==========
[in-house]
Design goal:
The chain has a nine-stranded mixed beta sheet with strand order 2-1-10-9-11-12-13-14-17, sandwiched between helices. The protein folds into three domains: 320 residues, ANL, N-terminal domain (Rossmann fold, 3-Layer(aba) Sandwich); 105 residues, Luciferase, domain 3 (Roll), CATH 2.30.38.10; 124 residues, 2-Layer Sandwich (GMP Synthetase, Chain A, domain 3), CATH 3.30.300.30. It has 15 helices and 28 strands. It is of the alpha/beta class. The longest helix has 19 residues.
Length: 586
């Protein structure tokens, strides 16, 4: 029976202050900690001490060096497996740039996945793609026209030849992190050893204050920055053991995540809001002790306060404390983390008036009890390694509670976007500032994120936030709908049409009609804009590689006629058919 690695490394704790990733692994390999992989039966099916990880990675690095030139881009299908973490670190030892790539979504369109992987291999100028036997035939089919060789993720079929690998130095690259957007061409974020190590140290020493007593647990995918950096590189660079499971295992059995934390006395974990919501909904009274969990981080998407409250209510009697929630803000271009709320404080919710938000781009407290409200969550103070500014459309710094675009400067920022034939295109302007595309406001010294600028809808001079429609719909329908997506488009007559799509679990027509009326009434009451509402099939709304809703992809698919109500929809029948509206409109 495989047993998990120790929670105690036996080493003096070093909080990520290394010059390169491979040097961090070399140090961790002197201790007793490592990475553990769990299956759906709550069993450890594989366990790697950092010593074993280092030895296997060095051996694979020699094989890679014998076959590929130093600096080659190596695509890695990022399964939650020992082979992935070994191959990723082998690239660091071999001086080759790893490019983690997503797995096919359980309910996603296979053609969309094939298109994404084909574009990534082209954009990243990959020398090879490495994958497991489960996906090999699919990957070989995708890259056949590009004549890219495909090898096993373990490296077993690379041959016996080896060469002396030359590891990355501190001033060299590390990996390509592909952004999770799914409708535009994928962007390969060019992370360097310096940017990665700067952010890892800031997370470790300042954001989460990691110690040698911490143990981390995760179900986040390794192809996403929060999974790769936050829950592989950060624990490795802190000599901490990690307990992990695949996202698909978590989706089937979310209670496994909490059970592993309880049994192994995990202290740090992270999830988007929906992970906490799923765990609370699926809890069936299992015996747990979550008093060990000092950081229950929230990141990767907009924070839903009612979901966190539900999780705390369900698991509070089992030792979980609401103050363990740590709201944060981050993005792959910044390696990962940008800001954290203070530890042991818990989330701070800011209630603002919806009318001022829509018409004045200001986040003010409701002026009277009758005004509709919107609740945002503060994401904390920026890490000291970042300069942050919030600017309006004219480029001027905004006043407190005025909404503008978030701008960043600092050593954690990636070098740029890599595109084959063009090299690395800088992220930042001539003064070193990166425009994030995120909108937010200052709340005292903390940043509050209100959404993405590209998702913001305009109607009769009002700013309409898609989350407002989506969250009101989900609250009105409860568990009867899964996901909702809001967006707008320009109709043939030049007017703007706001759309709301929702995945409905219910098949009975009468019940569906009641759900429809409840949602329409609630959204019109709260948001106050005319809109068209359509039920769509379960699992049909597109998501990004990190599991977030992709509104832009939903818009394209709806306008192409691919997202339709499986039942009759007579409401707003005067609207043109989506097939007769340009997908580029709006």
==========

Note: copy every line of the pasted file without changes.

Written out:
[in-house]
Design goal:
The chain has a nine-stranded mixed beta sheet with strand order 2-1-10-9-11-12-13-14-17, sandwiched between helices. The protein folds into three domains: 320 residues, ANL, N-terminal domain (Rossmann fold, 3-Layer(aba) Sandwich); 105 residues, Luciferase, domain 3 (Roll), CATH 2.30.38.10; 124 residues, 2-Layer Sandwich (GMP Synthetase, Chain A, domain 3), CATH 3.30.300.30. It has 15 helices and 28 strands. It is of the alpha/beta class. The longest helix has 19 residues.
Length: 586
């Protein structure tokens, strides 16, 4: 029976202050900690001490060096497996740039996945793609026209030849992190050893204050920055053991995540809001002790306060404390983390008036009890390694509670976007500032994120936030709908049409009609804009590689006629058919 690695490394704790990733692994390999992989039966099916990880990675690095030139881009299908973490670190030892790539979504369109992987291999100028036997035939089919060789993720079929690998130095690259957007061409974020190590140290020493007593647990995918950096590189660079499971295992059995934390006395974990919501909904009274969990981080998407409250209510009697929630803000271009709320404080919710938000781009407290409200969550103070500014459309710094675009400067920022034939295109302007595309406001010294600028809808001079429609719909329908997506488009007559799509679990027509009326009434009451509402099939709304809703992809698919109500929809029948509206409109 495989047993998990120790929670105690036996080493003096070093909080990520290394010059390169491979040097961090070399140090961790002197201790007793490592990475553990769990299956759906709550069993450890594989366990790697950092010593074993280092030895296997060095051996694979020699094989890679014998076959590929130093600096080659190596695509890695990022399964939650020992082979992935070994191959990723082998690239660091071999001086080759790893490019983690997503797995096919359980309910996603296979053609969309094939298109994404084909574009990534082209954009990243990959020398090879490495994958497991489960996906090999699919990957070989995708890259056949590009004549890219495909090898096993373990490296077993690379041959016996080896060469002396030359590891990355501190001033060299590390990996390509592909952004999770799914409708535009994928962007390969060019992370360097310096940017990665700067952010890892800031997370470790300042954001989460990691110690040698911490143990981390995760179900986040390794192809996403929060999974790769936050829950592989950060624990490795802190000599901490990690307990992990695949996202698909978590989706089937979310209670496994909490059970592993309880049994192994995990202290740090992270999830988007929906992970906490799923765990609370699926809890069936299992015996747990979550008093060990000092950081229950929230990141990767907009924070839903009612979901966190539900999780705390369900698991509070089992030792979980609401103050363990740590709201944060981050993005792959910044390696990962940008800001954290203070530890042991818990989330701070800011209630603002919806009318001022829509018409004045200001986040003010409701002026009277009758005004509709919107609740945002503060994401904390920026890490000291970042300069942050919030600017309006004219480029001027905004006043407190005025909404503008978030701008960043600092050593954690990636070098740029890599595109084959063009090299690395800088992220930042001539003064070193990166425009994030995120909108937010200052709340005292903390940043509050209100959404993405590209998702913001305009109607009769009002700013309409898609989350407002989506969250009101989900609250009105409860568990009867899964996901909702809001967006707008320009109709043939030049007017703007706001759309709301929702995945409905219910098949009975009468019940569906009641759900429809409840949602329409609630959204019109709260948001106050005319809109068209359509039920769509379960699992049909597109998501990004990190599991977030992709509104832009939903818009394209709806306008192409691919997202339709499986039942009759007579409401707003005067609207043109989506097939007769340009997908580029709006």